Ritter, already successful at communicating his ideas to the audience through his skilled interpreter (I especially appreciated his “provoking a war with Iraq” becoming “pulling-out a military response” in Japanese) at this point came into his rhetorical best: The Neo-cons who have “seized control” of the decision-making hierarchy are drunk with power, and “friends don’t let friends drive drunk”. His appeal for Japan to “take the key” and “raise their flag proudly” went down particularly well with the audience, for Assistant Secretary of State Richard Armitage’s exhortation for the same a year ago clearly meant for those in attendance quite a different banner. A good portion of Ritter’s message is in the presentation. It is clear, with short sentences and key words that can appeal to a listener’s sense of fairness–framework, rules, integrity, law. US neo-con policy is bound to harsher descriptors poisonous, affrontive, drunk. The message is simple and Ritter the messenger is able to convey it so appealingly well not only because he believes in it but because he is a concerned insider, the “warrior at heart” ex-Marine who is speaking out in defense of country and international law. “To be critical is to be patriotic, not treasonous”, and “Opposing an illegal war is the most pro-American act.” He is the law-and-order kinda guy who opened his talk with of explanation of the three conditions that must be fulfilled if weapon’s inspection is to be successful: 1) Iraq must give full cooperation, 2) the Security Council must be willing to enforce its resolutions, and 3) Inspectors and the inspection process must operate within the framework of the resolution. His major point was that first two are in place, it is the US that undermines the third, and this unilateralism is not reflective of democracy but imperialism.
I am usually not stirred to pride for my birth country by the words of a Republican, but it happened that night and it gives me pause to consider another aspect of Ritter’s manner: it is political, almost like a stump speech. This is pure conjecture, of course, but it is plausible. Robert Novak’s sentiments in his 10 February article are shared by many others on the American right and even in the GOP and there may even be tacit approval of Ritter from some within his own party. The party will require a new public face if the Middle East situation spins out of control and there is intra-party strife aimed at removing the current dominating faction, and that would be Ritter’s moment. If that moment comes and he does come to a position of political authority I hope that he lives up to his words spoken on that chilly evening.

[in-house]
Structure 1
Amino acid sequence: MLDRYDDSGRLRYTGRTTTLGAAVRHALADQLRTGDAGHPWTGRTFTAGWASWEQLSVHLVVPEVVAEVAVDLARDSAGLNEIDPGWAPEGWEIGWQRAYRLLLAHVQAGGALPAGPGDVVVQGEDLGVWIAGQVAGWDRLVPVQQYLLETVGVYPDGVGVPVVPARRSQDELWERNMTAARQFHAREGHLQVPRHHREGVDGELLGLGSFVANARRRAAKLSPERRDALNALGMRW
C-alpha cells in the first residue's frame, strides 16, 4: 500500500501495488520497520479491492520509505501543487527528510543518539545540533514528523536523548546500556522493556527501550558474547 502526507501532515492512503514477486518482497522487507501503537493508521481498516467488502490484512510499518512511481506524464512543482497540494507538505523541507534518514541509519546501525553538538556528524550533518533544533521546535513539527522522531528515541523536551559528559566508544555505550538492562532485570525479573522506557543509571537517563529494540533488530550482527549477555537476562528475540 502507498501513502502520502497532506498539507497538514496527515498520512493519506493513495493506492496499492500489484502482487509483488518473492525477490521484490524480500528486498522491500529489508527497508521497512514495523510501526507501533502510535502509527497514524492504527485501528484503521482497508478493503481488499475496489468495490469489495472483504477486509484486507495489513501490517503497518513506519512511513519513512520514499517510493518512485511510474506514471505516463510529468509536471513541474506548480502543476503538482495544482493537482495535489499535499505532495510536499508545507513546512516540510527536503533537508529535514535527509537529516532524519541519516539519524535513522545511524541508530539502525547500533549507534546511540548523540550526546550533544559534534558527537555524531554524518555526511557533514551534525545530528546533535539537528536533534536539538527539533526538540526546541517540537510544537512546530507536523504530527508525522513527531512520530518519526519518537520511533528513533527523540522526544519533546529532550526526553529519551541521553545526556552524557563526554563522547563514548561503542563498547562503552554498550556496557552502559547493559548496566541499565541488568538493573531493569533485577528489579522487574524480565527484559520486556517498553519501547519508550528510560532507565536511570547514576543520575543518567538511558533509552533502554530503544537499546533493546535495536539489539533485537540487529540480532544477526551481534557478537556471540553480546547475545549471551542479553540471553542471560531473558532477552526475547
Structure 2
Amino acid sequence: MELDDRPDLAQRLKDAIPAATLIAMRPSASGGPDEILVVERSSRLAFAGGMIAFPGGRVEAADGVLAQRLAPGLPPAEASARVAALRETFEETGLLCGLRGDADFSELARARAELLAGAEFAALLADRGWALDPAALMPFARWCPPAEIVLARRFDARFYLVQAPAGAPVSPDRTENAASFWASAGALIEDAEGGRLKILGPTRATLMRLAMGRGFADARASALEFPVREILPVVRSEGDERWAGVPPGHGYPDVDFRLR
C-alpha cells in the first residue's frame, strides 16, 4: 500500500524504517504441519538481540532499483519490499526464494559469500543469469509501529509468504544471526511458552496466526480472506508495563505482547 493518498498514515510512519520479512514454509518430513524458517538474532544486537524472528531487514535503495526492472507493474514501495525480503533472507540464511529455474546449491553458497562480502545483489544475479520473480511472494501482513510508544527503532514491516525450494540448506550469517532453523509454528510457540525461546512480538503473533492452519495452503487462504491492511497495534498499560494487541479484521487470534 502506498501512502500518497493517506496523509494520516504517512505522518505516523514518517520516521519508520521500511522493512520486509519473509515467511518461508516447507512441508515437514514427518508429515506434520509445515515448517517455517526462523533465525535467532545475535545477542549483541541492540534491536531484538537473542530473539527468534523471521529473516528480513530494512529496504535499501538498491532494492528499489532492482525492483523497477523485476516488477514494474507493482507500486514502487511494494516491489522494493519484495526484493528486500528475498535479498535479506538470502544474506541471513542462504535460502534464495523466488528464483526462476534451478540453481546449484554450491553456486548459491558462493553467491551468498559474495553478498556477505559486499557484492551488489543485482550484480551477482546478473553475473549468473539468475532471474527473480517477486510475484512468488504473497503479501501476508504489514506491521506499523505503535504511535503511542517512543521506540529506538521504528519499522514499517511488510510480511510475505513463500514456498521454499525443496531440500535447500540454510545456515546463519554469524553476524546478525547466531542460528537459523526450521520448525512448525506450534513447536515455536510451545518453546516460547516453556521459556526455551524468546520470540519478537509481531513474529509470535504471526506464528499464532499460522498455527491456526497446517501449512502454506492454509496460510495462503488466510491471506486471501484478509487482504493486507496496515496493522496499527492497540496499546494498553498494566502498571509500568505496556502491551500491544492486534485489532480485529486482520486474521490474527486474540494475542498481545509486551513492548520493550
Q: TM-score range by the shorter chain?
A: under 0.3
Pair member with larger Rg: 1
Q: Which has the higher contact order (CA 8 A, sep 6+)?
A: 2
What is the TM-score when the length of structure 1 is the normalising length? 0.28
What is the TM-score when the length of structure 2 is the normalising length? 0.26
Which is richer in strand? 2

Debate Update: Koizumi VS Kan
Prime Minister Koizumi Junichiro and opposition leader Kan Naoto (Minshutô Democratic Party) went toe-to-toe again yesterday during question time in the National Diet. Although his Chief Cabinet Secretary Fukuda Yasuo in news conference praised the veracity of Powell’s claims the following exchange (taken from the 13 February Asahi Shinbun) reveals he is still sticking to “wait and see” and like much of the world waiting for the UN report:
Kan: France, Germany, and Russia in a joint statement believe the inspections should be given more time. Are you for or against this?
PM: First Iraq has to comply fully with the UN resolution. I am requesting the US build international support, and while keeping an eye on the situation would like to continue working towards a peaceful resolution.
Kan: Why don’t you come right out and say you are waiting for the US to make their move and then you will follow accordingly?
PM: I am coming out and saying what needs to be said. I am waiting for the UN report on the 14th and then will make our policy clear. This is not evasion.
Kan: What exactly is the Bush administration wanting: The removal of Iraqi WMD’s, or the actual removal of the Saddam Hussein government?
PM: It is not only the White House but the entire international community that demands weapons removal. The onus is on Iraq to show that they have none.
Kan: Don’t you believe that a preemptive attack without another resolution goes against the UN Charter?
PM: I am not saying that the US will attack. There will be consultations in the Security Council. What will happen after that I cannot tell.
Meanwhile Yomiuri Shinbun Japan’s largest daily has been noticeably pro-US in their reporting and yesterday sported a color front-page photo that disturbingly resembled the home page of the Self-Defense Agency: three battle-class frigates escorting and refueling a US battleship in the Indian Ocean. The Asahi Shinbun has gone several miles in the opposite direction and last week ran a black editorial cartoon of a rough and bruised American flag with several of its tiles fallen out.
ADAM LEBOWITZ teaches at Nihon University and has lived in Japan for 12 years. Mr. Ritter’s comments on Hans Blix’s 27 January report are at http://www.ribbon-project.jp/SR-shiryou/shiryou-02e.htm as part of the Japanese website concerning his visit. Streaming of his interviews on Japanese t.v. are also available through this site. He can be reached at: firstname.lastname@example.org